It should be no surprise to see this on my list. Favorite. Series. Ever. And a miniseries would be awesome, yes?

TV series

TTT Adaptations 2

#3 The “Redemption” series (and subsequent related Baxter Family books) by Karen Kingsbury (some with Gary Smalley)

We have 23 books in 5 series that could be adapted, so I think it could be a very long-running series. (Ahem, Hallmark, since you’ve already adapted Karen’s The Bridge and book-based Cedar Cove, this could be your next hit series.)

(2/4 update: we have a contract! Karen & Roma Downey will be working together to bring the Baxter Family series to television!! http://deadline.com/2016/02/roma-downey-the-baxter-family-faith-based-novel-tv-series-1201694238/)

#4 “Christiansen Family” series by Susan May Warren

This is another that fits the TV series format! Though the 6 books could be a series of movies, too, what with each sibling having their own book.

Movie

TTT Adaptations 3.jpg

#5 The Butterfly and the Violin by Kristy Cambron

In the vein of The Book Thief or Woman in Gold, this would be an excellent historical drama on screen with 2 intertwining stories — present day and WWII.

#6 Five Days in Skye by Carla Laureano

Besides this being a great story, it made me want to go to Scotland. If it were made into a movie, I might not actually have to go there to see all the wonderful locations referenced in the story. Plus I’d like to see a cast with the great chemistry of James and Andrea (with Henry Cavill, of course).

#7 The Wedding Chapel by Rachel Hauck

With a large cast, this would be a fabulous family drama with flashbacks to the early story of a couple certain characters. It would be a perfect June Hallmark movie!

#8 The Headmistress of Rosemere by Sarah E. Ladd

Who doesn’t love a good Regency period drama with mystery and romance? With the right casting, it could be a new favorite!

#9 Here to Stay by Melissa Tagg

Because the world needs more good rom-coms! Why not one with realistic characters, a serious story of forgiveness, and small-town charm.

 

Well, that’s my list for now. How about you? Do you have any favorite books you’d like to see adapted to film of some kind? Share in the comments!

Review: The Butterfly and the Violin by Kristy Cambron

The debut novel The Butterfly and the Violin (“Hidden Masterpiece” series #1) by Kristy Cambron uncovers the story behind a painting of a young German girl during the Holocaust. It does this both through the eyes of Adele, the girl in Auschwitz, and through the story of a contemporary art gallery owner, Sera, searching for the painting.

In the world of reading, it’s common to come across stories told through multiple points of view, usually the viewpoints of 2-3 main characters. Sometimes a secondary character gets some story time, too. Rarely do you come across a story with more than one main character who lives in a different era. I can only think of one other book I’ve read (Karen Kingsbury’s Even Now) that features characters in different eras – – even that one could be considered “contemporary only”. This one by Kristy, though, is skillfully set in two eras — two genres, even — both contemporary and historical.The Butterfly and the Violin by Kristy Cambron

Plot Summary

“Today.” Sera James spends most of her time arranging auctions for the art world’s elite clientele. When her search to uncover an original portrait of an unknown Holocaust victim leads her to William Hanover III, they learn that this painting is much more than it seems.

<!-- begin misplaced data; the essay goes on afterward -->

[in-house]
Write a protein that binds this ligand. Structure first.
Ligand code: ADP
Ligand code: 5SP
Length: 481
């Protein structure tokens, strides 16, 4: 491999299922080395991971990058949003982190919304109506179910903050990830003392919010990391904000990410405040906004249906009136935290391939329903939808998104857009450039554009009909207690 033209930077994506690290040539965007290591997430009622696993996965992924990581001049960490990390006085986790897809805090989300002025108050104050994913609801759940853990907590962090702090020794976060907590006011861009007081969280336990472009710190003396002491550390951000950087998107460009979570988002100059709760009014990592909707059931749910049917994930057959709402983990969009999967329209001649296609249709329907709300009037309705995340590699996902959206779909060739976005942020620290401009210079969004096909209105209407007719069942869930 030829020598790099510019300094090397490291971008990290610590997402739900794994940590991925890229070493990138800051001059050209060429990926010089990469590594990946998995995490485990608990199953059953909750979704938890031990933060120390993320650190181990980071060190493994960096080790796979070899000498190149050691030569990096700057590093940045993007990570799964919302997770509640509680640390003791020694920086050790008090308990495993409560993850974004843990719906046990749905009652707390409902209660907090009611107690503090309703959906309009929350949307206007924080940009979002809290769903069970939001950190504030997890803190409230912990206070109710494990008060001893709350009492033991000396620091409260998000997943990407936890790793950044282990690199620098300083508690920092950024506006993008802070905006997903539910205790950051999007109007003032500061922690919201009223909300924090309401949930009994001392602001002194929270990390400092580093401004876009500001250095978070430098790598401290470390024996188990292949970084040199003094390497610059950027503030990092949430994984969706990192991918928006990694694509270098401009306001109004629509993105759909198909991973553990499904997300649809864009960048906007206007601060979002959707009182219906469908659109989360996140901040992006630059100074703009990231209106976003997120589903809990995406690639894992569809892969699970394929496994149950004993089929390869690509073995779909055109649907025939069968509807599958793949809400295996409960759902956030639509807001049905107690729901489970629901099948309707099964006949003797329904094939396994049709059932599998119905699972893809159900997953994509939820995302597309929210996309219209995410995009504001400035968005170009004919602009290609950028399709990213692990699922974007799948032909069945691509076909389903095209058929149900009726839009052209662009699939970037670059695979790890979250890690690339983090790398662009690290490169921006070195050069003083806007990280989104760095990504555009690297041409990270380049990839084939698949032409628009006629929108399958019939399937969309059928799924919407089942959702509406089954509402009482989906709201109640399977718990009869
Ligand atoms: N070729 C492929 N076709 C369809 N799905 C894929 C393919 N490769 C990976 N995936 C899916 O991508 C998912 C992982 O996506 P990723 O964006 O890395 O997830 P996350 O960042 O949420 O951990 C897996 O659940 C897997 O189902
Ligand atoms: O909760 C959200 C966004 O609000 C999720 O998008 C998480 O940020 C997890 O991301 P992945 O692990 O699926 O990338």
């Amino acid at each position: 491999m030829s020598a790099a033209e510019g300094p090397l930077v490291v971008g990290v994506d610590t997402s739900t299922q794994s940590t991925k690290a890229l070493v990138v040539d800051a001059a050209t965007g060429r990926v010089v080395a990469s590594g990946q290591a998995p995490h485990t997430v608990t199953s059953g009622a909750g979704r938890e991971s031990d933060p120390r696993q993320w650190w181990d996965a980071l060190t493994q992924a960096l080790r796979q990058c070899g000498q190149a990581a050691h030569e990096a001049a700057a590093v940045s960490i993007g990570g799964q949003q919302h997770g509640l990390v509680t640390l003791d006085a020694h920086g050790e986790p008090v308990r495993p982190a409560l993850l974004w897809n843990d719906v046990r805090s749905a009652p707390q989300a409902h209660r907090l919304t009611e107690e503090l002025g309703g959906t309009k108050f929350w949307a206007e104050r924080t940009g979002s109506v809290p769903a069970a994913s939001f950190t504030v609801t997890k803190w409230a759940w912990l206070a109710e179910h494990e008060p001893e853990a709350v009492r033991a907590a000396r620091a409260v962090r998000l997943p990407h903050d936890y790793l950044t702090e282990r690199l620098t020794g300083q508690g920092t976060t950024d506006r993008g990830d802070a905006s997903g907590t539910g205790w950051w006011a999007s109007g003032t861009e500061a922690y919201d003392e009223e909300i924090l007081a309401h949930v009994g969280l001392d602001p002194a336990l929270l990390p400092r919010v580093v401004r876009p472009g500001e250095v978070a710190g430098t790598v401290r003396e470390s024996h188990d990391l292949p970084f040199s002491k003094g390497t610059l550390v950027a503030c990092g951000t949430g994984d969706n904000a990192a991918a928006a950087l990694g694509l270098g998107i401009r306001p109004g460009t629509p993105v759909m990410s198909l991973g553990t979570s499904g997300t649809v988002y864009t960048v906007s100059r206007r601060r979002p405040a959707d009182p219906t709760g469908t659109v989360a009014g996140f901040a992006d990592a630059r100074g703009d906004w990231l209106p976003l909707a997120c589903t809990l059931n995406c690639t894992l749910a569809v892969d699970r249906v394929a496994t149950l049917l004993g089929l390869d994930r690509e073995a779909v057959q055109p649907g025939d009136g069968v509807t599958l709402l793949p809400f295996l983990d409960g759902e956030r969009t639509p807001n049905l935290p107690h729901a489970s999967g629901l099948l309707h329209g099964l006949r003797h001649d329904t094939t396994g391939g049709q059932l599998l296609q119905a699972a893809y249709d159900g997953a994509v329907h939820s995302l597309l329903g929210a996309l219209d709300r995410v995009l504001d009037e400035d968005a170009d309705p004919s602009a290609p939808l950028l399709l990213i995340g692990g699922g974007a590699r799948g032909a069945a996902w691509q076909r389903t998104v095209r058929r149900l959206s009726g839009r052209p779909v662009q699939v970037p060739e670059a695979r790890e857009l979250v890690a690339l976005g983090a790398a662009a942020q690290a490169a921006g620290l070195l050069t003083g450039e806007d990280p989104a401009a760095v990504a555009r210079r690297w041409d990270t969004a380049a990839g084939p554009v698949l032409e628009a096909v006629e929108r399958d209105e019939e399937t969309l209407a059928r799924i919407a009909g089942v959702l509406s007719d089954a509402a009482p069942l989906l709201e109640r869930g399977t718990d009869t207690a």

“Vienna, 1942.” Adele Von Bron has always known what was expected of her. As a prodigy of Vienna’s vast musical heritage, this concert violinist intends to carry on her family’s tradition and play with the Vienna Philharmonic. But when the Nazis learn that she helped smuggle Jews out of the city, Adele is taken from her promising future and thrust into the horrifying world of Auschwitz.

The veil of innocence is lifted to expose a shuddering presence of evil, and Adele realizes that her God-given gift is her only advantage; she must play. Becoming a member of the Women’s Orchestra of Auschwitz, she fights for survival. Adele’s barbed-wire walls begin to kill her hope as the months drag into nearly two years in the camp. With surprising courage against the backdrop of murder and despair, Adele finally confronts a question that has been tugging at her heart: Even in the midst of evil, can she find hope in worshipping God with her gift?

As Sera and William learn more about the subject of the mysterious portrait–Adele–they are reminded that whatever horrors one might face, God’s faithfulness never falters.

This is a moving, beautiful, and at times, gripping story. The perfectly balanced historical and contemporary settings serve to weave together the story of Adele with Sera and William’s, both building to the conclusion of Adele’s story piece by piece. Sera and William’s professional — and potentially romantic– relationship has its twists and turns as each of their characters learn important lessons about trust, responsibility, and God’s call. Against those very relevant struggles, the horrors of the holocaust period still serve as a contrast at times, exploring the strength that only God can provide. With some “flashback” moments for Adele, the reader learns of her friendship and love story with orchestra member Vladimir. The reader eagerly anticipates both the fate of Adele and what has become of Vladimir during her time there.

The beauty of the art world and classical music is an uncommon treat in a novel. Kristy uses it to add interest and a poetic element as well as being a symbol of worship amidst chaos. The art is also used to tie the present with the past, in a mystery unknown to Sera and William for much of the story.

Overall, I really enjoyed this debut from Kristy. I look forward to her next release in the “Hidden Masterpiece” series, A Sparrow in Terezin, releasing in April 2015. Reading this story was a very unique experience (after all, I love a good historical or contemporary – this was the best of both!). With a great plot full of accurate historical details, it left me considering the goodness and provision of God, even through circumstances we may not understand.

Note: I received this book free from the publisher through the BookLook Bloggers <http://booklookbloggers.com> book review program. I was not required to write a positive review. The opinions I have expressed are my own. Thank you to BookLook and the publisher, Thomas Nelson, for providing a complimentary copy in exchange for an honest review.

Have you read any books with characters set jn different eras? What was it?